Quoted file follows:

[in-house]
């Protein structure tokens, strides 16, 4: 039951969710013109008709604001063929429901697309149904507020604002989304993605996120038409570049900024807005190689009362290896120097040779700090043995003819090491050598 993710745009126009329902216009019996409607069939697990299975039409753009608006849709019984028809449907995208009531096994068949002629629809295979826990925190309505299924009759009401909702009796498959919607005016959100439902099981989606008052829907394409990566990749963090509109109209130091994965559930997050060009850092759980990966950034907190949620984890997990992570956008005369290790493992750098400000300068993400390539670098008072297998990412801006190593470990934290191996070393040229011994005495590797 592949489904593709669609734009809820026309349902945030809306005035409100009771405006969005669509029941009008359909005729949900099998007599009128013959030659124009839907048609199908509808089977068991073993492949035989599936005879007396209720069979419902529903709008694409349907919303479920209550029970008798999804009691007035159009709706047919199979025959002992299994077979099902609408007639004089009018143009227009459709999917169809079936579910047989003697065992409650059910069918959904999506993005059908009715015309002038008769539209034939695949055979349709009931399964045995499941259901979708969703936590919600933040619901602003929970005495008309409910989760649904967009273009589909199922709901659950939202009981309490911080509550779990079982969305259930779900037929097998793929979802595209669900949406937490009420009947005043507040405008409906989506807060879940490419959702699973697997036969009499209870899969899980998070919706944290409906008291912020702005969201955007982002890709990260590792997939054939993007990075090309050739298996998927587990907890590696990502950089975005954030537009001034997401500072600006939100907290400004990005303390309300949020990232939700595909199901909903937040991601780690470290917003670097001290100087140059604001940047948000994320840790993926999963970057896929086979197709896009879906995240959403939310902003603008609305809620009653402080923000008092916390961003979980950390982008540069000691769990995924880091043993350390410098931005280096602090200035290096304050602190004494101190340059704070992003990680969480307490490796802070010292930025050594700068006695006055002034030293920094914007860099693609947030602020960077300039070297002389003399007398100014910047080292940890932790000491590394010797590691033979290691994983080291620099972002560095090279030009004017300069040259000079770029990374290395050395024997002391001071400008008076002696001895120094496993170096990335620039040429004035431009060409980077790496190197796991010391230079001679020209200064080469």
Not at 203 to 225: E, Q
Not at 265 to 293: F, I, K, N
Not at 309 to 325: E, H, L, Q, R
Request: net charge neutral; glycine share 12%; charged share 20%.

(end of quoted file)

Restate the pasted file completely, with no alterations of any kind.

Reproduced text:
[in-house]
């Protein structure tokens, strides 16, 4: 039951969710013109008709604001063929429901697309149904507020604002989304993605996120038409570049900024807005190689009362290896120097040779700090043995003819090491050598 993710745009126009329902216009019996409607069939697990299975039409753009608006849709019984028809449907995208009531096994068949002629629809295979826990925190309505299924009759009401909702009796498959919607005016959100439902099981989606008052829907394409990566990749963090509109109209130091994965559930997050060009850092759980990966950034907190949620984890997990992570956008005369290790493992750098400000300068993400390539670098008072297998990412801006190593470990934290191996070393040229011994005495590797 592949489904593709669609734009809820026309349902945030809306005035409100009771405006969005669509029941009008359909005729949900099998007599009128013959030659124009839907048609199908509808089977068991073993492949035989599936005879007396209720069979419902529903709008694409349907919303479920209550029970008798999804009691007035159009709706047919199979025959002992299994077979099902609408007639004089009018143009227009459709999917169809079936579910047989003697065992409650059910069918959904999506993005059908009715015309002038008769539209034939695949055979349709009931399964045995499941259901979708969703936590919600933040619901602003929970005495008309409910989760649904967009273009589909199922709901659950939202009981309490911080509550779990079982969305259930779900037929097998793929979802595209669900949406937490009420009947005043507040405008409906989506807060879940490419959702699973697997036969009499209870899969899980998070919706944290409906008291912020702005969201955007982002890709990260590792997939054939993007990075090309050739298996998927587990907890590696990502950089975005954030537009001034997401500072600006939100907290400004990005303390309300949020990232939700595909199901909903937040991601780690470290917003670097001290100087140059604001940047948000994320840790993926999963970057896929086979197709896009879906995240959403939310902003603008609305809620009653402080923000008092916390961003979980950390982008540069000691769990995924880091043993350390410098931005280096602090200035290096304050602190004494101190340059704070992003990680969480307490490796802070010292930025050594700068006695006055002034030293920094914007860099693609947030602020960077300039070297002389003399007398100014910047080292940890932790000491590394010797590691033979290691994983080291620099972002560095090279030009004017300069040259000079770029990374290395050395024997002391001071400008008076002696001895120094496993170096990335620039040429004035431009060409980077790496190197796991010391230079001679020209200064080469």
Not at 203 to 225: E, Q
Not at 265 to 293: F, I, K, N
Not at 309 to 325: E, H, L, Q, R
Request: net charge neutral; glycine share 12%; charged share 20%.